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1.
Embase; 2022.
Preprint in English | EMBASE | ID: ppcovidwho-335156

ABSTRACT

Sublineages of SARS-CoV-2 (severe acute respiratory syndrome coronavirus 2) Omicron variants continue to amass mutations in the spike (S) glycoprotein, which leads to immune evasion and rapid spread of the virus across the human population. Here we demonstrate the susceptibility of the Omicron variant BA.1 (B.1.1.529.1) to four repurposable drugs, Methylene blue (MB), Mycophenolic acid (MPA), Posaconazole (POS), and Niclosamide (Niclo) in post-exposure treatments of primary human airway cell cultures. MB, MPA, POS, and Niclo are known to block infection of human nasal and bronchial airway epithelial explant cultures (HAEEC) with the Wuhan strain, and four variants of concern (VoC), Alpha (B.1.1.7), Beta (B.1.351), Gamma (B.1.1.28), Delta (B.1.617.2) (1, 2). Our results not only show broad anti-coronavirus effects of MB, MPA, POS and Niclo, but also demonstrate that the Omicron variant BA.1 (B.1.1.529.1) sheds infectious virus from HAEEC over at least 15 days, and maintains both intracellular and extracellular viral genomic RNA without overt toxicity, suggesting viral persistence. The data underscore the broad effects of MB, MPA, POS, and Niclo against SARS-CoV-2 and the currently circulating VoC, and reinforce the concept of repurposing drugs in clinical trials against COVID-19.

2.
SSRN; 2022.
Preprint in English | SSRN | ID: ppcovidwho-334535

ABSTRACT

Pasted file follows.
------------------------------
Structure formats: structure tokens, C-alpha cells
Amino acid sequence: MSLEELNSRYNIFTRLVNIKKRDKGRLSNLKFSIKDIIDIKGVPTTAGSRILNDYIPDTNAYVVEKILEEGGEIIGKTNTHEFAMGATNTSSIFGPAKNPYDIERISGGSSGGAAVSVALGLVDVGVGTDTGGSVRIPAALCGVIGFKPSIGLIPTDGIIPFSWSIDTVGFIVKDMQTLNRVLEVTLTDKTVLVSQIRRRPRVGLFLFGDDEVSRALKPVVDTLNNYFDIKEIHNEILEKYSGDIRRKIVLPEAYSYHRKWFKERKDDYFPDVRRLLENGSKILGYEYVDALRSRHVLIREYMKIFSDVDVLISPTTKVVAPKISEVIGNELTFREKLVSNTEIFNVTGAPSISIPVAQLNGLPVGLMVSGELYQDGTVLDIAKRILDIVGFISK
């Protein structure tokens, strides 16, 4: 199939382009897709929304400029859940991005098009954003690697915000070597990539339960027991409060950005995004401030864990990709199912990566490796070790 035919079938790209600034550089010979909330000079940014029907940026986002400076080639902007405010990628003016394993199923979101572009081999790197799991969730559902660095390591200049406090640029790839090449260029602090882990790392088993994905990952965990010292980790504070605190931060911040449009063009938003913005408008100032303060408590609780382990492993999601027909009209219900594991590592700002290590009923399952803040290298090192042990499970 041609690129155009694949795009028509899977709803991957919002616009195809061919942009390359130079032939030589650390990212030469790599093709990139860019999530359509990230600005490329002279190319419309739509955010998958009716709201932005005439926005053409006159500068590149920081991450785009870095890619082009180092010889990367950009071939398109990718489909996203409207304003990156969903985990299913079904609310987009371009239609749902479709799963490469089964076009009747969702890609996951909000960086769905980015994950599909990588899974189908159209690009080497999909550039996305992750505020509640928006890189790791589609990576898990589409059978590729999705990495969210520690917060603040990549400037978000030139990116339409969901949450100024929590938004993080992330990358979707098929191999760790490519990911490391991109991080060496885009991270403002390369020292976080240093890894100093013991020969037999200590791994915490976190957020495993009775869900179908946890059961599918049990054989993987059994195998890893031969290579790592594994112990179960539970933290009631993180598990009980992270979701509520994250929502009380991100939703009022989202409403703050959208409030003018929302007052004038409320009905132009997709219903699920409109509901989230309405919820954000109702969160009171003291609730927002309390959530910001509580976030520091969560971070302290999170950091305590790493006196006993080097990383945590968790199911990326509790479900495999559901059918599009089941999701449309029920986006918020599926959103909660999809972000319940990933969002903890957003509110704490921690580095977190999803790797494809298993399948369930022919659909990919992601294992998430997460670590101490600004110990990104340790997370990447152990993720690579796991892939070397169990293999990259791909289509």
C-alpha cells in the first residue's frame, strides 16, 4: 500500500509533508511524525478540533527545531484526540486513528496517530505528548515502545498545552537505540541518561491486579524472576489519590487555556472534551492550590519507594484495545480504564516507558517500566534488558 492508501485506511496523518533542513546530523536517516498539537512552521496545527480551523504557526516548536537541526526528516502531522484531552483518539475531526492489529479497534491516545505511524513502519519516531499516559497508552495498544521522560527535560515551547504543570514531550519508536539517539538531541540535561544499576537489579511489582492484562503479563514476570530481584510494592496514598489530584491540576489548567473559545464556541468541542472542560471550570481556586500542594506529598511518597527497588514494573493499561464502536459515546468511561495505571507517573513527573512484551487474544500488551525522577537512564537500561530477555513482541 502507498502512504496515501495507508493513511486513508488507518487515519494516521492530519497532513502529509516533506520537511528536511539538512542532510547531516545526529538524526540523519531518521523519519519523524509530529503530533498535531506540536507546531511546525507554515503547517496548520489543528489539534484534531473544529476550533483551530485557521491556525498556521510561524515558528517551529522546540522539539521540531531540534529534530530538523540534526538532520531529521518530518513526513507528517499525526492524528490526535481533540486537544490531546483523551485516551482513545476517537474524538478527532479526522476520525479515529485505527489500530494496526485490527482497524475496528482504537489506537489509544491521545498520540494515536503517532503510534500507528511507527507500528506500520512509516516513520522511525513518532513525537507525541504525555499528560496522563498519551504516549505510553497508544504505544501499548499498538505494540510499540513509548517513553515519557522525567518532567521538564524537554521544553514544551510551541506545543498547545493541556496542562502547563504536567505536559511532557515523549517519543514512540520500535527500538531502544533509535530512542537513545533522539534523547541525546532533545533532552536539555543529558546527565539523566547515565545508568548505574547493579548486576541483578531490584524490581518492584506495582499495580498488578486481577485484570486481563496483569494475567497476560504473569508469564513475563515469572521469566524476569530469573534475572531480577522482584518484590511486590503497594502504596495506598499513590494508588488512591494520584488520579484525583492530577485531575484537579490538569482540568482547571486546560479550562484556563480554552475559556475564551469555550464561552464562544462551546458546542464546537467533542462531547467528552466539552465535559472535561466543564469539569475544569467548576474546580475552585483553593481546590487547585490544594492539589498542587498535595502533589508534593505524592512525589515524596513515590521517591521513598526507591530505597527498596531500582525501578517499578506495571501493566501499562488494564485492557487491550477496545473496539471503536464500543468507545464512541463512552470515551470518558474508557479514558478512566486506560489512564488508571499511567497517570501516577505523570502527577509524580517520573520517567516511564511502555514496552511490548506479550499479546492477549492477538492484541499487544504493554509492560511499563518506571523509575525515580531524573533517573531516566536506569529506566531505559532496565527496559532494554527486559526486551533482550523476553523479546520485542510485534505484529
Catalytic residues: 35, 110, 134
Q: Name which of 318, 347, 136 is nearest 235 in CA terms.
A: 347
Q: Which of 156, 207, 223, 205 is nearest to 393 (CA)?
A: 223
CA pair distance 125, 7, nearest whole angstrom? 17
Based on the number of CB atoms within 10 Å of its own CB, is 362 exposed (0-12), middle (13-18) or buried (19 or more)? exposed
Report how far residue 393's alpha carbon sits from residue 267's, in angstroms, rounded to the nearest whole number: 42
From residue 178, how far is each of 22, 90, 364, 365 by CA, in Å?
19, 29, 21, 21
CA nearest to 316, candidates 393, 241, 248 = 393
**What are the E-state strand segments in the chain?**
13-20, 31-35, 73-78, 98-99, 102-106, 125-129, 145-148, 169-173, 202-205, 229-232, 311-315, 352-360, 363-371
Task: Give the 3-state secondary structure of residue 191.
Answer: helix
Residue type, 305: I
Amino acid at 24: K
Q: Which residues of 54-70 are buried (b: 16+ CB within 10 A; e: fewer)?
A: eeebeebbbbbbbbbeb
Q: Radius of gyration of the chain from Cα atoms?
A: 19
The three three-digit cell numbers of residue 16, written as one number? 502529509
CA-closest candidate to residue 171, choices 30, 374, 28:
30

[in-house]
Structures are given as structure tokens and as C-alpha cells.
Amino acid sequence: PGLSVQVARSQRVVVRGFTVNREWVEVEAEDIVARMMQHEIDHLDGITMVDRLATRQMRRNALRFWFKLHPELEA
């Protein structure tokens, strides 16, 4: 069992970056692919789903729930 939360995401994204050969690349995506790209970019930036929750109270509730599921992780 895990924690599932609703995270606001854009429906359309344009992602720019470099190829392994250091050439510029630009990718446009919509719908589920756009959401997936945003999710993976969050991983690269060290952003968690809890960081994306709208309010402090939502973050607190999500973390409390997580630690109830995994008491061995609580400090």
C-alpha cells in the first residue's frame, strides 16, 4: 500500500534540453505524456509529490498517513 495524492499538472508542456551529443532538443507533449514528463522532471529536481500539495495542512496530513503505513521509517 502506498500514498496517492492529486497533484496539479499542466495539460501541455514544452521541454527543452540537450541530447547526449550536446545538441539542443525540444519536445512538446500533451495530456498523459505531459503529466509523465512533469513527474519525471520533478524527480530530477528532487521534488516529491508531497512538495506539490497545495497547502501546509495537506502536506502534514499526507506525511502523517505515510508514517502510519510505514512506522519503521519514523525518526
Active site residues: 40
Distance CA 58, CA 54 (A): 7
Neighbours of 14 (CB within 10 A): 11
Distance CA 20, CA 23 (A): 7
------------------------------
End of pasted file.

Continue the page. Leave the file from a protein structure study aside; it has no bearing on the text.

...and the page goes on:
Background: A booster dose of COVID-19 vaccine is required to prolong immune persistence and strengthen the protection against variants. Therefore, we assessed the safety and immunogenicity of homologous boosting with an inactivated vaccine (CoronaVac), as well as the cross-neutralising activity against the Omicron variant in children and adolescents aged 3-17 years. Methods: In the phase 2 clinical trial, in Hebei province, China, participants aged 3-17 years were initially assigned (2:2:1) to a 1.5 μg dose or 3.0 μg dose of CoronaVac or a placebo group. Following a protocol amendment on September 13, 2021, half of the participants (cohort 1) in vaccine group received a booster dose 10 months (window period 30 days) after dose 2, and the other half of the participants (cohort 2) received a booster dose 12 months (window period 30 days) after dose 2. Participants in placebo groups withdrew from the study since the emergency use of COVID-19 vaccine in children and adolescents. The main outcomes of the study were geometric mean titres (GMTs), geometric mean increases (GMIs), and seropositivity rate of neutralising antibody to the live prototype SARS-CoV-2 at baseline, 28 days, 3 months, 6 months, 10 months, 12 months after dose 2 and at 28 days after dose 3. The cross-neutralising immunity against the SARS-CoV-2 Omicron (B.1.1.529) variant was detected, and the primary safety endpoint was adverse reactions within 28 days after the third dose. The trial is ongoing and registered with ClinicalTrials.gov, NCT04551547. Findings: 171 participants in cohort 1 (89% of the 192 participants) received a third dose 10 months after dose 2. By 10 months after dose 2, the GMTs of neutralising antibody against the prototype SARS-CoV-2 strain was down to 12.7 (95% CI 10.4-15.5) and 20.8 (95% CI 16.5-26.1) in the 1.5 μg group and 3.0 μg group, respectively. A third dose of CoronaVac increased GMTs to 597.7 (452.4-789.6) in the 1.5 μg group and 681.0 (545.2-850.7) in the 3.0 μg group. Seropositivity rates against the prototype in both groups were 100% at 28 days after dose 3. The GMTs of cross-neutralising antibody against the Omicron variant was 23.6 (17.7-31.4) in the 1.5 μg group and 34.5 (27.2-43.7) in the 3.0 μg group on 28 days after dose 3. Seropositivity rates against the Omicron variant were 77.6% (1.5 μg group) and 90.6% (3.0 μg group). 175 participants in cohort 2 (91% of the 192 participants) received a third dose 12 months after the dose 2. By 12 months after dose 2, the GMTs of neutralising antibody against the prototype was down to 16.8 (13.3-21.3) and 21.7 (18.1-26.0) in the 1.5 μg group and 3.0 μg group, respectively. A third dose of CoronaVac increased GMTs to 462.4 (364.4-586.6) in the 1.5 μg group and 745.2 (577.0-962.3) in the 3.0 μg group. Seropositivity rates against the prototype in both groups were 100% at 28 days after dose 3. The GMTs of cross-neutralising antibody against the Omicron variant was 24.0 (18.0-32.2) in the 1.5 μg group, and 40.0 (30.7-52.3) in the 3.0 μg group at 28 days after dose 3. Seropositivity rates against the Omicron variant were 78.8% (1.5 μg group) and 91.5% (3.0 μg group). Severities of local and systemic adverse reactions reported within 28 days after dose 3 were mild and moderate in both cohorts. The most commonly reported reactions were injection-site pain (14 [4.1%] participants) and fever (5 [1.5%] participants). Only one (0.3%) of 346 participants reported serious adverse events within 28 days after dose 3 were mild and moderate in both cohorts. The most commonly reported reactions were injection-site pain (14 [4.1%] participants) and fever (5 [1.5%] participants). Only one (0.3%) of 346 participants reported serious adverse events within 28 days after dose 3. Interpretation: A third dose CoronaVac in children and adolescents inoculated 10 months or 12 months after dose 2 induced a robust immune anamnestic response to the prototype SARS-CoV-2, which remarkably increased the neutralising antibody titres and had a cross-neutralising immunity against the Omicron variant. Boosting with CoronaVac is safe and might have considerable neutralising potency against the Omicron variant in children and adolescents. Clinical Trial Registration Details: NCT04551547